A new study identified two potential therapeutic targets for pulmonary hypertension (PH) associated with heart failure. The two related enzymes, named ROCK1 and ROCK2, were seen to exert opposing effects on heart muscle cells, either preventing or promoting PH, in mouse models of heart failure.
Scientists also found a drug that can reduce the activity of two downstream targets of these enzymes, and relieve heart failure and PH signs in mice.
The study, “Different Roles of Myocardial ROCK1 and ROCK2 in Cardiac Dysfunction and Postcapillary Pulmonary Hypertension in Mice” was published in the journal Proceedings of the National Academy of Sciences of the United States of America (PNAS).
By building on research suggesting important roles for ROCK1 and ROCK2 in heart malfunction, a team of researchers at Tohoku University in Japan went on to investigate the roles of both enzymes in the development of PH associated with heart failure, according to a press release.
ROCK1 and ROCK2 belong to a family of molecules known as the Rho kinases, which play important roles in the process of contraction, motility, proliferation, oxidative stress, and cell death. It is also known that excessive activity of their pathways promotes the development of cardiovascular diseases such as coronary vasospasm, hypertension, PH, and heart failure.
To specifically address the functions of ROCK1 and ROCK2, researchers devised a mouse model of heart failure and PH. They constricted the upper part of the aorta — the artery that transports blood rich in oxygen and nutrients from the left part of the heart — to the rest of the body. This procedure caused chronic pressure overload, mimicking heart failure and PH.
To check the role of ROCK1 and ROCK2, the team measured the effects of heart failure in two mouse models that were genetically modified to be either defective for ROCK1 or ROCK2 in their heart muscle cells.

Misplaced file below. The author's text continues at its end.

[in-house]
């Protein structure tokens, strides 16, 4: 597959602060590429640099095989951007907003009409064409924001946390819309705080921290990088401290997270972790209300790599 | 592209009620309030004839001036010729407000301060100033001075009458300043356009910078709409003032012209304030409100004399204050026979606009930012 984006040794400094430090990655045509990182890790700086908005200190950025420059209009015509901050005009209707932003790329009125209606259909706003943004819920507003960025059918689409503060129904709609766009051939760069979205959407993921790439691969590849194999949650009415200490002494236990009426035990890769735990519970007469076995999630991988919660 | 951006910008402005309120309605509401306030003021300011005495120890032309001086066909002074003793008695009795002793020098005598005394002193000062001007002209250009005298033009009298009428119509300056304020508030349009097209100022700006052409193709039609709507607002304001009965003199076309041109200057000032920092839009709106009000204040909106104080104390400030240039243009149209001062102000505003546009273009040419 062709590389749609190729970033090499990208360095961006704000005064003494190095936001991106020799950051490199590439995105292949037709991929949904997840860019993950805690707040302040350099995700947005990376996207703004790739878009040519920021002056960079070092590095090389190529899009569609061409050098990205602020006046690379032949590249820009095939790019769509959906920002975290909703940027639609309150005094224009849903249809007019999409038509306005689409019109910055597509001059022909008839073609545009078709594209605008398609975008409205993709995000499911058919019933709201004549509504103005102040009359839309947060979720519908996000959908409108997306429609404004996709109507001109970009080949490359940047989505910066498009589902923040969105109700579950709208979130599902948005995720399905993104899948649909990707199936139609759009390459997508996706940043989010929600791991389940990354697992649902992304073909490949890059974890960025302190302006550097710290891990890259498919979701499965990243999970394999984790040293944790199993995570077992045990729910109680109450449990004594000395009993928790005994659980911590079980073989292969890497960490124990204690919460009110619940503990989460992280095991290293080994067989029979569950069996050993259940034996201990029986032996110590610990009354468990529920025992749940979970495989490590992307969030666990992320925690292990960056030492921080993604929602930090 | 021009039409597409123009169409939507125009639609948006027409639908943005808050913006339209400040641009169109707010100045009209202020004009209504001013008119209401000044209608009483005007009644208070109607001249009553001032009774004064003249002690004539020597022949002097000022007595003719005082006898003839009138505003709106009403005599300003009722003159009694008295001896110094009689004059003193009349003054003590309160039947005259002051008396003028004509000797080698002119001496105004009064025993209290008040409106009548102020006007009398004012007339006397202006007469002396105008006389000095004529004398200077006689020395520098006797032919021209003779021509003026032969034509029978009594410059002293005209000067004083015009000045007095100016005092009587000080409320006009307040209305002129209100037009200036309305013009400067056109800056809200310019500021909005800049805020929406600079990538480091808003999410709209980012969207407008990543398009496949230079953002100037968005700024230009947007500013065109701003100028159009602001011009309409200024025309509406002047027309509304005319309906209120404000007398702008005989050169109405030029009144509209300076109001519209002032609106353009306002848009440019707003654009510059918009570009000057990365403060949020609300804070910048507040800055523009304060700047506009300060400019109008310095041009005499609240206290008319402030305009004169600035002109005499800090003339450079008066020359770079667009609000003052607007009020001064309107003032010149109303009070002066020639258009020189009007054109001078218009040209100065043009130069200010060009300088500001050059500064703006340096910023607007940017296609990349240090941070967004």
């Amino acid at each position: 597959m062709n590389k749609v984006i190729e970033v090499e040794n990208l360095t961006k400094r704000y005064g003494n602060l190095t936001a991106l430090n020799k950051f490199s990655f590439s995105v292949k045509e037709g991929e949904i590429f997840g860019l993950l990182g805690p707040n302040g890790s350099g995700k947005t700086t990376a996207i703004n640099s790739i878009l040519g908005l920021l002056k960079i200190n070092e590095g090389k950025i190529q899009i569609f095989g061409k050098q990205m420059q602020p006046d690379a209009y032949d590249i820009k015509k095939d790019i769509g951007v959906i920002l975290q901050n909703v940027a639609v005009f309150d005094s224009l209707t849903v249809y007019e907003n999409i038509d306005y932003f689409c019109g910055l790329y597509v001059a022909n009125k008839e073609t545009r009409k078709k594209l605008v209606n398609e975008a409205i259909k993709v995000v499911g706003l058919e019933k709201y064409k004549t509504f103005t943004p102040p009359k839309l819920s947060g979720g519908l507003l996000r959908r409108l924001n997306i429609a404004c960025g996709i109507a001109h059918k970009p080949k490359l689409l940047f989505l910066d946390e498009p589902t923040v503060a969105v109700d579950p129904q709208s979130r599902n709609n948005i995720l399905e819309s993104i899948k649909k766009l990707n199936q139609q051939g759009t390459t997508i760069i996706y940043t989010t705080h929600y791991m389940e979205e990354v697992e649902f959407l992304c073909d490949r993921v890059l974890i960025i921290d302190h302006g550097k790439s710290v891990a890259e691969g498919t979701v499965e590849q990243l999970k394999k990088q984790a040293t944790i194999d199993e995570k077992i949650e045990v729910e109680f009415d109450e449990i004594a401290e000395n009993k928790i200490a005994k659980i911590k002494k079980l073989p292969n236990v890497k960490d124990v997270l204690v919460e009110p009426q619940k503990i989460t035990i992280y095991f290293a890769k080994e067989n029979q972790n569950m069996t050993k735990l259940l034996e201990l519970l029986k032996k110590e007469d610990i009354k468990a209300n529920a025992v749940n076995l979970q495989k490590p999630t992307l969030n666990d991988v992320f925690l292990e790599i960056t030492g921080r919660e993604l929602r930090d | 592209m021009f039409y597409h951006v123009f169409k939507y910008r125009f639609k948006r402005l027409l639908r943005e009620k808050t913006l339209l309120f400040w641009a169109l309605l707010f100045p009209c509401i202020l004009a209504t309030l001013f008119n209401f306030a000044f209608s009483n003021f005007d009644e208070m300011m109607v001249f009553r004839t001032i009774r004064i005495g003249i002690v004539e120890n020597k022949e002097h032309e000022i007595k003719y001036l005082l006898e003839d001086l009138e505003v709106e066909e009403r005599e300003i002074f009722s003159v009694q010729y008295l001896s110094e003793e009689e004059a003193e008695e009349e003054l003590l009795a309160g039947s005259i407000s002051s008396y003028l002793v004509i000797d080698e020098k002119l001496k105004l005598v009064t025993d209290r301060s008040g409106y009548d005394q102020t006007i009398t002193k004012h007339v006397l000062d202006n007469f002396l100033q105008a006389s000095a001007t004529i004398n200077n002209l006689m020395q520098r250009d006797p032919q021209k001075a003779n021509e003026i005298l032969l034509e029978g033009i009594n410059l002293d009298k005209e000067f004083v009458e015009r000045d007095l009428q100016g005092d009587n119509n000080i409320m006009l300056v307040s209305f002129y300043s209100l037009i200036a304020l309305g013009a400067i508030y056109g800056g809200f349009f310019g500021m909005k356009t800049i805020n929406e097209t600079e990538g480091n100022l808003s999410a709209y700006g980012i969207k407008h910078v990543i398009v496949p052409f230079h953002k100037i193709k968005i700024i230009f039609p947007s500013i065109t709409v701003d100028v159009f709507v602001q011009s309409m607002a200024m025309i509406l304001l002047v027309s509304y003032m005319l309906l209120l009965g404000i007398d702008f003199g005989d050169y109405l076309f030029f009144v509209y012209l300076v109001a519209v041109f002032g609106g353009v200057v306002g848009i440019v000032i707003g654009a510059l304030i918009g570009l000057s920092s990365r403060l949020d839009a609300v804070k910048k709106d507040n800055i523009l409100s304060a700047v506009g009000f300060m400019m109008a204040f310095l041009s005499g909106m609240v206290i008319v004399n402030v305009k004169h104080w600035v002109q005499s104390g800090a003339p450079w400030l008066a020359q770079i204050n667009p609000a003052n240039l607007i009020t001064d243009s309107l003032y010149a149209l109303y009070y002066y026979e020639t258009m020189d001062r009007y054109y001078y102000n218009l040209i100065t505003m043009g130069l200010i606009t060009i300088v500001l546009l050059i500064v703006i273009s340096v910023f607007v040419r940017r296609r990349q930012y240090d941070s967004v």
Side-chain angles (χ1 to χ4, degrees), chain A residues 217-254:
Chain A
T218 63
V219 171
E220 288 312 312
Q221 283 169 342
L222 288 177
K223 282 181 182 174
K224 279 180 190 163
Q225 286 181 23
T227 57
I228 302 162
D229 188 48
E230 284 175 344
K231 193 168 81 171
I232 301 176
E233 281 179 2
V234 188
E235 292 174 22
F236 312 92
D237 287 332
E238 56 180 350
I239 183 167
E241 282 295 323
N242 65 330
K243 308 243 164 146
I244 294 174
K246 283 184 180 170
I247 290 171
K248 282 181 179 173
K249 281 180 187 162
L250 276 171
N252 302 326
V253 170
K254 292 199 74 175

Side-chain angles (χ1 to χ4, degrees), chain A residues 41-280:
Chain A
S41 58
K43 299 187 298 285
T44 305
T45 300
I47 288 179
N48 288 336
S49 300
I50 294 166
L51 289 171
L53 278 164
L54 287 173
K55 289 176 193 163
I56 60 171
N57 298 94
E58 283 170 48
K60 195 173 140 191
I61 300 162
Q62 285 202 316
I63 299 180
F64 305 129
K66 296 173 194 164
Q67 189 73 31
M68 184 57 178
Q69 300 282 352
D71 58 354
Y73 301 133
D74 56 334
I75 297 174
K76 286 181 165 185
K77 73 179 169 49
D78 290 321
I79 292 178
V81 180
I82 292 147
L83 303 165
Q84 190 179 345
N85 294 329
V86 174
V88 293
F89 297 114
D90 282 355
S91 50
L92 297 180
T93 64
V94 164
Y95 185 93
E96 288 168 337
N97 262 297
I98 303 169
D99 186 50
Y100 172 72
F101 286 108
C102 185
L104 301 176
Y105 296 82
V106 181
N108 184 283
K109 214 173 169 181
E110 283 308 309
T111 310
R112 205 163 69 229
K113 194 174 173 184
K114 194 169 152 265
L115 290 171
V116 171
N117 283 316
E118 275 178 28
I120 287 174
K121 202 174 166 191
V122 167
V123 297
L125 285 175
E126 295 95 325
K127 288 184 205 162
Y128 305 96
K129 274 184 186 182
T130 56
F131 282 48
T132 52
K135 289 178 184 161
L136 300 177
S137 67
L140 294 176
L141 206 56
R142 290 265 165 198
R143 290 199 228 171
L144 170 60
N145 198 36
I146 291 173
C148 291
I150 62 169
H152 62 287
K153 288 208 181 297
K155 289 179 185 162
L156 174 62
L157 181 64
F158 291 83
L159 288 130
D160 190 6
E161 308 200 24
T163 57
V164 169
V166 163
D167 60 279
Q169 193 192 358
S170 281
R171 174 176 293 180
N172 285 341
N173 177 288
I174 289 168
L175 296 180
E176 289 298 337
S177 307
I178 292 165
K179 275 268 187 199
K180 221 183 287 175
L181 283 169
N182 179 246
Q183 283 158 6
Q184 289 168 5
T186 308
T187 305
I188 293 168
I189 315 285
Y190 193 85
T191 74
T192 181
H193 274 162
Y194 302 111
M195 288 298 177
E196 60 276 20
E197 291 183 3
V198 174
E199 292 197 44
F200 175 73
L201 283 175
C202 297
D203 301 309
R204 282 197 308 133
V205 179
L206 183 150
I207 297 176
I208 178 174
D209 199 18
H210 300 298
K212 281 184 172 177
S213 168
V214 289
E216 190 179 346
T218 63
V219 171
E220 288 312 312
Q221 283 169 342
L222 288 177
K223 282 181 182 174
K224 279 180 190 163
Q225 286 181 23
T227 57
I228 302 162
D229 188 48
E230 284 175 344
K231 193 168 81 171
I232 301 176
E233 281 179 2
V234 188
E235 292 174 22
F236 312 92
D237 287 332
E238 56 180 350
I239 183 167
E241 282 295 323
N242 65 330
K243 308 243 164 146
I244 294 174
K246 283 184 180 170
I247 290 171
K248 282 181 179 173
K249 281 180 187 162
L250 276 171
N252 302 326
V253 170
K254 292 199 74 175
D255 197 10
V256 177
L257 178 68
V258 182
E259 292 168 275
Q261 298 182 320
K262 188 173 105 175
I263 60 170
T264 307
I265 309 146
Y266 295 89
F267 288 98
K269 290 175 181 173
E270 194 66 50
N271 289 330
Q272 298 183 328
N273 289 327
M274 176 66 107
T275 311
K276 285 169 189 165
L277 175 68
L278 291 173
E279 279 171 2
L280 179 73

As controls, the team also restricted the aorta in mice with normal levels of ROCK1 and ROCK2.
Looking at these mice models, researchers found that ROCK1 has a protective effect against heart failure and PH, mediated by its inhibitory action over two proteins, cyclophilin A and basigin. These proteins increase oxidative stress in heart muscle cells, leading to their malfunction.
Conversely, ROCK2 exerts a harmful effect, promoting both heart failure and consequent PH by increasing the levels of these two proteins.
As a first attempt to use this knowledge in the discovery of treatments, the team screened for drugs able to inhibit cyclophilin A and basigin in a public chemical database from the Drug Discovery Initiative.
They found a drug called celastrol, with known antioxidant and anti-inflammatory properties. The drug was able to inhibit the expression of cyclophilin A and basigin in the heart and lungs of mice, and reduced heart failure and PH signs (namely, larger-than-normal heart size and abnormal electrocardiography findings).
Thus, by differentially affecting cyclophilin A and basigin levels, “ROCK1 protects and ROCK2 jeopardizes the heart from pressure overload HF [heart failure] with postcapillary PH, for which celastrol may be a promising agent,” the researchers said.
However, the beneficial effects of celastrol may also involve other mechanisms. Therefore, further analyses are required to identify the molecular and cellular targets of celastrol in the treatment of heart failure, the researchers concluded.